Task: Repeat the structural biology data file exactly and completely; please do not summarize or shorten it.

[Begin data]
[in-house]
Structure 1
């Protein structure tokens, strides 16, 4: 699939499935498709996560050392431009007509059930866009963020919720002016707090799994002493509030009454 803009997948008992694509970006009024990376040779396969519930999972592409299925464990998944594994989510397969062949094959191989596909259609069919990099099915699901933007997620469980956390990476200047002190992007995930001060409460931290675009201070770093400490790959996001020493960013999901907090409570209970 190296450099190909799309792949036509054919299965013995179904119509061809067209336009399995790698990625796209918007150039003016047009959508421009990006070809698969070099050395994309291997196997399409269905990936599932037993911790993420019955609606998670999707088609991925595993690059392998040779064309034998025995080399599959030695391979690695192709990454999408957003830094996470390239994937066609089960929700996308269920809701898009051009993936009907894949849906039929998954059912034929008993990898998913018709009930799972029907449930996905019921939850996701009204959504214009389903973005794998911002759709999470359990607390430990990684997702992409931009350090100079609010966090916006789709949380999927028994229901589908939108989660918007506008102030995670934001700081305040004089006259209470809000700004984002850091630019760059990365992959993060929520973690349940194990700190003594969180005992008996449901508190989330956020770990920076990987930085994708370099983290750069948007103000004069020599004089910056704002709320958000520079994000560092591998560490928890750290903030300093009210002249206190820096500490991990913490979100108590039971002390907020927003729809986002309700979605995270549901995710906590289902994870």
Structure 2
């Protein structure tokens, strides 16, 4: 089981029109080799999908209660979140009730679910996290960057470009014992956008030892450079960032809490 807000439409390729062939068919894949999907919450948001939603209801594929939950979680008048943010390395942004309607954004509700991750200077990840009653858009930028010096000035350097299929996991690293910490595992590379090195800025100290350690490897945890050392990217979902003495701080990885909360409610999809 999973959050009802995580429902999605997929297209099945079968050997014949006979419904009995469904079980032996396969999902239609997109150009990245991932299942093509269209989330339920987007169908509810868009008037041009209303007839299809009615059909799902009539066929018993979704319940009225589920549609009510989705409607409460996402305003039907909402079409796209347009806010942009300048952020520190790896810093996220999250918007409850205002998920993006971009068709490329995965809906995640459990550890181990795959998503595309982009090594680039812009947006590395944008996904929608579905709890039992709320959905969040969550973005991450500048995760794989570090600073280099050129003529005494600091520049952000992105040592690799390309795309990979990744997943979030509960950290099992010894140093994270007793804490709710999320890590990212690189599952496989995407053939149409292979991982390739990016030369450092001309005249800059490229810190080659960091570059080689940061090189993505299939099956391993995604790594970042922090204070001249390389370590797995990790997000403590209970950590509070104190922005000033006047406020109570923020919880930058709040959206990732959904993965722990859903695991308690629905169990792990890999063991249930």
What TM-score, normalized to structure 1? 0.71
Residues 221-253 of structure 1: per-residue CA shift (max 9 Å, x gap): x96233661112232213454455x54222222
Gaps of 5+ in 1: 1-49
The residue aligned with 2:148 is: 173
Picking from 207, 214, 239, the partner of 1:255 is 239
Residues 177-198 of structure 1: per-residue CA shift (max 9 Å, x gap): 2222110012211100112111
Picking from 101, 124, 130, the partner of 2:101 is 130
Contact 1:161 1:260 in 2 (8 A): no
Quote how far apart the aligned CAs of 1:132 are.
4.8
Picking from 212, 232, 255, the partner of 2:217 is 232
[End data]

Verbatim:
[in-house]
Structure 1
């Protein structure tokens, strides 16, 4: 699939499935498709996560050392431009007509059930866009963020919720002016707090799994002493509030009454 803009997948008992694509970006009024990376040779396969519930999972592409299925464990998944594994989510397969062949094959191989596909259609069919990099099915699901933007997620469980956390990476200047002190992007995930001060409460931290675009201070770093400490790959996001020493960013999901907090409570209970 190296450099190909799309792949036509054919299965013995179904119509061809067209336009399995790698990625796209918007150039003016047009959508421009990006070809698969070099050395994309291997196997399409269905990936599932037993911790993420019955609606998670999707088609991925595993690059392998040779064309034998025995080399599959030695391979690695192709990454999408957003830094996470390239994937066609089960929700996308269920809701898009051009993936009907894949849906039929998954059912034929008993990898998913018709009930799972029907449930996905019921939850996701009204959504214009389903973005794998911002759709999470359990607390430990990684997702992409931009350090100079609010966090916006789709949380999927028994229901589908939108989660918007506008102030995670934001700081305040004089006259209470809000700004984002850091630019760059990365992959993060929520973690349940194990700190003594969180005992008996449901508190989330956020770990920076990987930085994708370099983290750069948007103000004069020599004089910056704002709320958000520079994000560092591998560490928890750290903030300093009210002249206190820096500490991990913490979100108590039971002390907020927003729809986002309700979605995270549901995710906590289902994870």
Structure 2
């Protein structure tokens, strides 16, 4: 089981029109080799999908209660979140009730679910996290960057470009014992956008030892450079960032809490 807000439409390729062939068919894949999907919450948001939603209801594929939950979680008048943010390395942004309607954004509700991750200077990840009653858009930028010096000035350097299929996991690293910490595992590379090195800025100290350690490897945890050392990217979902003495701080990885909360409610999809 999973959050009802995580429902999605997929297209099945079968050997014949006979419904009995469904079980032996396969999902239609997109150009990245991932299942093509269209989330339920987007169908509810868009008037041009209303007839299809009615059909799902009539066929018993979704319940009225589920549609009510989705409607409460996402305003039907909402079409796209347009806010942009300048952020520190790896810093996220999250918007409850205002998920993006971009068709490329995965809906995640459990550890181990795959998503595309982009090594680039812009947006590395944008996904929608579905709890039992709320959905969040969550973005991450500048995760794989570090600073280099050129003529005494600091520049952000992105040592690799390309795309990979990744997943979030509960950290099992010894140093994270007793804490709710999320890590990212690189599952496989995407053939149409292979991982390739990016030369450092001309005249800059490229810190080659960091570059080689940061090189993505299939099956391993995604790594970042922090204070001249390389370590797995990790997000403590209970950590509070104190922005000033006047406020109570923020919880930058709040959206990732959904993965722990859903695991308690629905169990792990890999063991249930």
What TM-score, normalized to structure 1? 0.71
Residues 221-253 of structure 1: per-residue CA shift (max 9 Å, x gap): x96233661112232213454455x54222222
Gaps of 5+ in 1: 1-49
The residue aligned with 2:148 is: 173
Picking from 207, 214, 239, the partner of 1:255 is 239
Residues 177-198 of structure 1: per-residue CA shift (max 9 Å, x gap): 2222110012211100112111
Picking from 101, 124, 130, the partner of 2:101 is 130
Contact 1:161 1:260 in 2 (8 A): no
Quote how far apart the aligned CAs of 1:132 are.
4.8
Picking from 212, 232, 255, the partner of 2:217 is 232